In my childhood I learned “variety is the spice of life.” Because I was born into a culture in which spicy food is revered, variety, to me, was a good thing. I spent my entire childhood in what was then British Guiana — Guyana since the country’s independence in 1966. On my father’s side, my blood is pure, undiluted African, said to be that of a Ghanaian people. On my mother’s side, there’s a mix of African, Portuguese and East Indian. Blood cells, thank goodness, seem to have no quarrel with ethnic diversity. The idea of my blood cells slugging it out with each other….
The last time I visited Guyana, after an absence of twenty-two years, an immigration officer took one officious look at me, declared me “mixed” and recorded that very word in the line specified “Race.” No questions asked; comment decidedly not to be volunteered. I kept my mouth shut. This was not a fight to pick. In Guyana, “mixed” as a racial descriptive was as ordinary as rain in the rainy season. Being “mixed” had no bearing on the speed or courtesy with which I would be taken through the customs and immigration process and getting through that process as speedily as possible, with the least amount of grief possible, was my goal.
In today’s eminently diverse United States, I am Black, female, immigrant (South American, not Hispanic; Caribbean, not from “the islands”), non-veteran, non-lesbian-gay-bisexual-or-transgender. Whichever of these takes precedence in the way I am viewed at any given moment depends on the box into which the viewer — be it a government, corporate or social viewer — needs to put me in order to feel comfortable and engage in the specific behavior he or she reserves for people in that box, including extending, facilitating or denying me certain benefits. In my book, I’m just spicy. I bring my special spice to life in this town. I like my book.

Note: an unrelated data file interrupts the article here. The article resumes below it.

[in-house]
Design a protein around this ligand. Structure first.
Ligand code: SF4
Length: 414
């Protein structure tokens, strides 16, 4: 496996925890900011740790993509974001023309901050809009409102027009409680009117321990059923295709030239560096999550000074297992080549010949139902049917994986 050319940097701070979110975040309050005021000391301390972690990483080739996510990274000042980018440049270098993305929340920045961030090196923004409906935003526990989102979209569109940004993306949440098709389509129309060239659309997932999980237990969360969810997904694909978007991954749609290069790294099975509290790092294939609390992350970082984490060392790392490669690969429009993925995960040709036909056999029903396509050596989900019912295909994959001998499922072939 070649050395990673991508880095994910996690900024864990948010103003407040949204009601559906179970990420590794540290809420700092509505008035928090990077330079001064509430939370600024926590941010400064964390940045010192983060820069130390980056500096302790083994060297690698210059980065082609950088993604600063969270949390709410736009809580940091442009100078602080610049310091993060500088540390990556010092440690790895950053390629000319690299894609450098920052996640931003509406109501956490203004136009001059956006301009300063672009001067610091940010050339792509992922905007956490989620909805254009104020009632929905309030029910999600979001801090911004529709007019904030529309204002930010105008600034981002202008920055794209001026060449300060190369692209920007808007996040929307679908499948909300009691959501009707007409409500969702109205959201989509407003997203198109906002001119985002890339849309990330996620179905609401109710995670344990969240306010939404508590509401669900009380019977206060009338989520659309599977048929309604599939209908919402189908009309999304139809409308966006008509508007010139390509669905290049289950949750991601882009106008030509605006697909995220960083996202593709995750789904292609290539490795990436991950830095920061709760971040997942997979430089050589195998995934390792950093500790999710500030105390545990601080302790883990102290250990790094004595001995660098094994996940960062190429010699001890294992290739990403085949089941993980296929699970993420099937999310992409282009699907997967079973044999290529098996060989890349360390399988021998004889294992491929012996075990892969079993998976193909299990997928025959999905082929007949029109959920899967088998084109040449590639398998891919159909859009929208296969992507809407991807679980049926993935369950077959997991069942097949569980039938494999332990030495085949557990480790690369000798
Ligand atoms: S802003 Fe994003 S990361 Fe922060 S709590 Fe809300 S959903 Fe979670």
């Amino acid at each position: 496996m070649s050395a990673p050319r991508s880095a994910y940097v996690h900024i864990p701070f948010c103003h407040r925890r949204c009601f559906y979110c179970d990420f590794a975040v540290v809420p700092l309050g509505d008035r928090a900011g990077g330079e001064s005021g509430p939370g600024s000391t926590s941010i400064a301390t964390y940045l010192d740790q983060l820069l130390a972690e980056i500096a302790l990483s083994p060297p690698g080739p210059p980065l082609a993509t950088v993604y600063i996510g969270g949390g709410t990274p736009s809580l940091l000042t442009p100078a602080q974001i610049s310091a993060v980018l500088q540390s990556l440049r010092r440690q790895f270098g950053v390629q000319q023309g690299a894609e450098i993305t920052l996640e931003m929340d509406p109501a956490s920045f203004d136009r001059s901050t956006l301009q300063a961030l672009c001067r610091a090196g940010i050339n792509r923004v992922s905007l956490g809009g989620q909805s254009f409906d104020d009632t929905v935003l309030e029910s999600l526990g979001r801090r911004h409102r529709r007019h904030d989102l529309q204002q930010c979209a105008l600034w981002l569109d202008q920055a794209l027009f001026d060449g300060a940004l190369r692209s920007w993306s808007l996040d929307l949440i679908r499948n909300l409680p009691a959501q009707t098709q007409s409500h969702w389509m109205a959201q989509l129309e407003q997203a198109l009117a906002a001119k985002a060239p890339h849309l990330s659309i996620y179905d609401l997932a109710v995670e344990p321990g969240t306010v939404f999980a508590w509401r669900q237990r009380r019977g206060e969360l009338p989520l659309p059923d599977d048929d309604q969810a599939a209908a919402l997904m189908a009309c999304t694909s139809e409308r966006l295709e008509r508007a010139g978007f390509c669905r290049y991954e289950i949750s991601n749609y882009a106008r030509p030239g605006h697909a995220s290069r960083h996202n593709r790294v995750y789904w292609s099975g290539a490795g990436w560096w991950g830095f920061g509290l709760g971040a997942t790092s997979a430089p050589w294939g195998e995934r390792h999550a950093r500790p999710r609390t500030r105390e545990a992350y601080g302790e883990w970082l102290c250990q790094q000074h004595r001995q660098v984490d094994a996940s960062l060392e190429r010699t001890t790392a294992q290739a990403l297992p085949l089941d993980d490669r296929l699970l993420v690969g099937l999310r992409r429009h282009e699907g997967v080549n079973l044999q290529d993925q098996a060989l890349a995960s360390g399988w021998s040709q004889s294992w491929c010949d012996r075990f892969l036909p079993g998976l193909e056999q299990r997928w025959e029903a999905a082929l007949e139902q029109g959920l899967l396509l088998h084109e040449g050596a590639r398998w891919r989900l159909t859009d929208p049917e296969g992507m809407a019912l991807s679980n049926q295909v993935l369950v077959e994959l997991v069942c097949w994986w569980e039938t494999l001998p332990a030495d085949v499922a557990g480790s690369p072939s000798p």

The other day, I was engrossed in Esther and Jerry Hicks’s book Ask and It Is Given: Learning to Manifest Your Desires, when up came a whole section on spiciness, er, diversity. Here’s some of what the section said: “Imagine yourself as a chef in an extremely well-stocked kitchen that contains every imaginable ingredient. Let us say that you have a clear idea of the culinary creation you desire, and you understand how to combine these easily accessible ingredients in order to fulfill your desire … . Some of the ingredients in this well-stocked kitchen are harmonious with your creation, and some of them are not. But even though adding some of these ingredients to your creation would absolutely ruin your pie, you do not feel the need to push against those ingredients, or to ban them from the kitchen, because you understand that there is no reason for them to end up in your pie unless you put them in it. And since you are clear about which ones enhance your creation and which ones do not enhance it, you feel no concern about the great variety of ingredients that exist.”
WANTED—for a society well stocked with diverse ingredients: Clear-headed chefs. Must not be intimidated by the great variety of spices that exists.